Mark Jacobs will be reporting daily from this year’s AIPAC Policy Conference in Washington D.C.
By Mark Jacobs
The 2019 AIPAC Policy Conference kicks off Sunday in Washington D.C. amid a new wave of criticism and controversy against the organization and a momentous Israeli election that looms just weeks away.
Several Democratic candidates have already announced that they will not be attending the Conference, signifying a clear departure from past conferences and an obvious strain on this year’s theme, “Coming Together for Good.”
This year’s conference will include more than 600 speakers from 21 countries and feature top leaders from both political parties, from Vice President Michael Pence and Sen. Mitch McConnell to Speaker of the House Nancy Pelosi and Sen. Chuck Shumer.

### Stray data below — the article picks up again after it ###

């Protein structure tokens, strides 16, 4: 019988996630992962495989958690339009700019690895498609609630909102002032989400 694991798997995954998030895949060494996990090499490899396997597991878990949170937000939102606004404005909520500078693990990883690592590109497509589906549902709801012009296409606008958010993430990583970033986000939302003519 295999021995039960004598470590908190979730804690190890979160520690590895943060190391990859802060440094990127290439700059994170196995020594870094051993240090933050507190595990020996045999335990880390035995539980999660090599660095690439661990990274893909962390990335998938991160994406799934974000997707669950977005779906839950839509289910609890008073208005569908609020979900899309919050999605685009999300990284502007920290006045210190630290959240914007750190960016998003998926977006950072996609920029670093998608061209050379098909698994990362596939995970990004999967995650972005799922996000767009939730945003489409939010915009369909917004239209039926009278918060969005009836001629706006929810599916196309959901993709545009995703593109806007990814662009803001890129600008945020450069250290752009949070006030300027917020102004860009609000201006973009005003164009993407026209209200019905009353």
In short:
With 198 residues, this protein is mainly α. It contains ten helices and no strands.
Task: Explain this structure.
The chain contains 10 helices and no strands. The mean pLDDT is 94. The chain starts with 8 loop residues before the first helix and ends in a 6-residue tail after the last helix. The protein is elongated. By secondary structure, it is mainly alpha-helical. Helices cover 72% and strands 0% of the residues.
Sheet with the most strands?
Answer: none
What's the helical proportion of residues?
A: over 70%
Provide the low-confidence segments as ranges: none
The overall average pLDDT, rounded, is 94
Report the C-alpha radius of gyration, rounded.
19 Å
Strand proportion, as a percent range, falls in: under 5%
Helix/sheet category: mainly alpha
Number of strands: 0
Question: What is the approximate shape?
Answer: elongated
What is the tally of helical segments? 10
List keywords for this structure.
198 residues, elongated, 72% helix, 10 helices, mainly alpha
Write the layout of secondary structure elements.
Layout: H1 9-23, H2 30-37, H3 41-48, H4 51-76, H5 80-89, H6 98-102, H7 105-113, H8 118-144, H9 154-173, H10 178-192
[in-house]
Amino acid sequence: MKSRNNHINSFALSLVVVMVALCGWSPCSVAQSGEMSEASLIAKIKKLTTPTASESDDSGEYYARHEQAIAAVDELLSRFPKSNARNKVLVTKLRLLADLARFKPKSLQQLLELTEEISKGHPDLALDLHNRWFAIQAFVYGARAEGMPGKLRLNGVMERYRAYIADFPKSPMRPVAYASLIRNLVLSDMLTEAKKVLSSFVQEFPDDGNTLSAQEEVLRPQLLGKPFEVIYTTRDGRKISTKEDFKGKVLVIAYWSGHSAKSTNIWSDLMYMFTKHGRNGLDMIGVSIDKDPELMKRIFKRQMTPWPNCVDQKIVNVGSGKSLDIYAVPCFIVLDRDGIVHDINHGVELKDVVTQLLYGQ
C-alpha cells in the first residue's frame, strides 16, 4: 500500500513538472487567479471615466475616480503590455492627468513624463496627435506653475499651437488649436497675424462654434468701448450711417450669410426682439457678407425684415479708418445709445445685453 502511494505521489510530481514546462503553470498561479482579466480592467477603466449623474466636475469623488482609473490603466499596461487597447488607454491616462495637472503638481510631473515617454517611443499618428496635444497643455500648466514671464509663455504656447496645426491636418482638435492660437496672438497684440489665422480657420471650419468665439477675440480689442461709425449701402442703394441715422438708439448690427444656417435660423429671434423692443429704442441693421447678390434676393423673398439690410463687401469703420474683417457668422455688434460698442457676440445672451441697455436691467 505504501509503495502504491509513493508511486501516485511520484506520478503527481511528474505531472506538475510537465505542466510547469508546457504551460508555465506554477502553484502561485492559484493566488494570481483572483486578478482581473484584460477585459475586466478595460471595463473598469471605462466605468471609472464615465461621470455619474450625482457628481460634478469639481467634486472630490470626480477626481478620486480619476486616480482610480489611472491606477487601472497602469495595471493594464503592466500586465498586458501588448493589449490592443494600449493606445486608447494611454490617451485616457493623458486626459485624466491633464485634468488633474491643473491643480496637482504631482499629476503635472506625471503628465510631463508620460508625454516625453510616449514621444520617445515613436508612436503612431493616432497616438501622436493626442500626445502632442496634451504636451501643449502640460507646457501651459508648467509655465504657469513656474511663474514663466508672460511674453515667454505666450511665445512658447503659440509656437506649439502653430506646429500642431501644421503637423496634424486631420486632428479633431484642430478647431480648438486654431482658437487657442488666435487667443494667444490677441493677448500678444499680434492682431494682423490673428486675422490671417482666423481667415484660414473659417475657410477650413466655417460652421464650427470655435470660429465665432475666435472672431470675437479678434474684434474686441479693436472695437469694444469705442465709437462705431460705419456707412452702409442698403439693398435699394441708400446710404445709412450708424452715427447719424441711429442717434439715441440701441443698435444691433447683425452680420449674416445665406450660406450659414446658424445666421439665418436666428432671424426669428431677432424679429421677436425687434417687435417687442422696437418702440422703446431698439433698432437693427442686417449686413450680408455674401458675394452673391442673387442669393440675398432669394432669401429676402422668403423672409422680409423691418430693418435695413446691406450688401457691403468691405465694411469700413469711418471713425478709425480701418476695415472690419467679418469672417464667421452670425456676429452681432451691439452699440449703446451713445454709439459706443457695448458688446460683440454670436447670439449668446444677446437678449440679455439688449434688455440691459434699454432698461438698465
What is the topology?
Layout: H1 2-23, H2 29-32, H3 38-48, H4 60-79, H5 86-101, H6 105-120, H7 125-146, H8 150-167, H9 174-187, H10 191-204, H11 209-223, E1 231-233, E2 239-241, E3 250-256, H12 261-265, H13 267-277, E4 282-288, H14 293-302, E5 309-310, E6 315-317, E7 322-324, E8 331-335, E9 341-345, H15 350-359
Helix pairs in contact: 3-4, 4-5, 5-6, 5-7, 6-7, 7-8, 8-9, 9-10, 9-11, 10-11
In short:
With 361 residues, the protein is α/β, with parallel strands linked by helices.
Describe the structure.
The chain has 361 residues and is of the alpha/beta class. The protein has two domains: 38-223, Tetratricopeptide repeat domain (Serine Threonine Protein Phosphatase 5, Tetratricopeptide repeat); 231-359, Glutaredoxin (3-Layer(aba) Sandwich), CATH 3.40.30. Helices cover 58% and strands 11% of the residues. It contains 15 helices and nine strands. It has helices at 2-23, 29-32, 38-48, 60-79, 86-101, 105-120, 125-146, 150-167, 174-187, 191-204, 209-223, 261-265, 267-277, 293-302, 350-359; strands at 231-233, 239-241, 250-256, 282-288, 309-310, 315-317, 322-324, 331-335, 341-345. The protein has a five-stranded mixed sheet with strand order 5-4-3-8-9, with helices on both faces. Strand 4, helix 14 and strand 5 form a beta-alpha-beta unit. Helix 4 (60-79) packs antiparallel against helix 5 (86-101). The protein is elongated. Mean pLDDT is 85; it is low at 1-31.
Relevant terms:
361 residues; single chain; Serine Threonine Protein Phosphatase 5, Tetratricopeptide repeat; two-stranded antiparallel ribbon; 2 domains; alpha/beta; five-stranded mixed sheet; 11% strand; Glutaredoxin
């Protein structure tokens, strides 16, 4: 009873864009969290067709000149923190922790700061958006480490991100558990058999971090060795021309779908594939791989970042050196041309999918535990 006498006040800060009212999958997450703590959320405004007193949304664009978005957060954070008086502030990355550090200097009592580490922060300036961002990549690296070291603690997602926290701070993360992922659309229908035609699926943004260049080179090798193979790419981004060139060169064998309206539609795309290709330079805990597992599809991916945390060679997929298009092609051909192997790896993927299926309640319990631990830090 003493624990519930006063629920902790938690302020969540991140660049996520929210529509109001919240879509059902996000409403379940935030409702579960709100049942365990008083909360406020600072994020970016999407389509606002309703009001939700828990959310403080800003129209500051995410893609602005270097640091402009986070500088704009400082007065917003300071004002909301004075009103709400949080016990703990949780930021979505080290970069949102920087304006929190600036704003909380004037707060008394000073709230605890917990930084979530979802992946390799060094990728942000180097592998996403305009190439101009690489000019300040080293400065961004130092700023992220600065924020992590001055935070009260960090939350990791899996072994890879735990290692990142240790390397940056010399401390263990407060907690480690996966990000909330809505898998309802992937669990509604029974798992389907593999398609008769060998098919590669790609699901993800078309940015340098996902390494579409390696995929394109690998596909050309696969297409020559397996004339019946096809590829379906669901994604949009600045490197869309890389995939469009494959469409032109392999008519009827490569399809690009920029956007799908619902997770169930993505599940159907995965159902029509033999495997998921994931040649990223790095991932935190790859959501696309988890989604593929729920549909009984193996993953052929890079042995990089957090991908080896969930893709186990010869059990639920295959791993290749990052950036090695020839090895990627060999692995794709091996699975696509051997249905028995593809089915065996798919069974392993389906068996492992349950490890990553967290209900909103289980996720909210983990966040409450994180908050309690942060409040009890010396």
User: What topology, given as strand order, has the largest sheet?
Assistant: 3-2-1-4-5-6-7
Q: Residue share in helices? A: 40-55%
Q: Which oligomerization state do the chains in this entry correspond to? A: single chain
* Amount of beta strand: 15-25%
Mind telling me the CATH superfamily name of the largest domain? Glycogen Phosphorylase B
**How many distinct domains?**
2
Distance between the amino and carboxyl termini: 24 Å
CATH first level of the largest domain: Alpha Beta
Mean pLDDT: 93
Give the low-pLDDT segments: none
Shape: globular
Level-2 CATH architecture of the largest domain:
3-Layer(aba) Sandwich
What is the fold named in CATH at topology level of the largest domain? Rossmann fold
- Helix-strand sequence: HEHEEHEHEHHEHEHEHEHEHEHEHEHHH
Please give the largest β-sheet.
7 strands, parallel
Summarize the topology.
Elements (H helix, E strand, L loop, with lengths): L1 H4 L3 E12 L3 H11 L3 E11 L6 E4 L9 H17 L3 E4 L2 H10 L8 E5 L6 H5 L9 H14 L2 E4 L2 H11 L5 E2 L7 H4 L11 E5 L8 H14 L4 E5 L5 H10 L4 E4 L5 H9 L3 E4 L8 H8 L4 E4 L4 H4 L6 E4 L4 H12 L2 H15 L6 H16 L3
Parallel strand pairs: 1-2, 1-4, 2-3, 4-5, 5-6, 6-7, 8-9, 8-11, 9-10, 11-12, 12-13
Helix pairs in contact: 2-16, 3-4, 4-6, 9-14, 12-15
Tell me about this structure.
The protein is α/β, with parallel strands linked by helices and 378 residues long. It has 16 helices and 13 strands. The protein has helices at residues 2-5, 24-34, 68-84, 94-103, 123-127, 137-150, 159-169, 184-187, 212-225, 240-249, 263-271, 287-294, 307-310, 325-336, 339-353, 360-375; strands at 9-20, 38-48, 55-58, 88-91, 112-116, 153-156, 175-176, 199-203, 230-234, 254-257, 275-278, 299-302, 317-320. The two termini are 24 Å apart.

Israeli Prime Minister Netanyahu and his political leading rivals Benny Gantz and Naftali Bennett will also be addressing the conference, giving the attendees a rare, first-hand exposure to the leading candidates and issues in the heat of an Israeli election.
Some 18,000 Jewish and non-Jewish community and student activists are expected to attended the conference, with approximately 6,000 people attending for the first time, including 3,600 students from more than 600 colleges.
AIPAC Policy Conferences provide a deep education on a wide variety of topics relating to strengthening and promoting the relationship between the U.S. and Israel. That has always been the case. But given the recent political discord within Congress relating to Israel, as well as the impact on the U.S. presidential campaign, this year’s Policy Conference promises to be particularly charged, interesting and newsworthy.
For those who cannot attend, stay informed through the 2019 AIPAC Policy Conference website for live feeds and updates. I’ll also be providing daily updates on the Jewish News’ website, so check back often.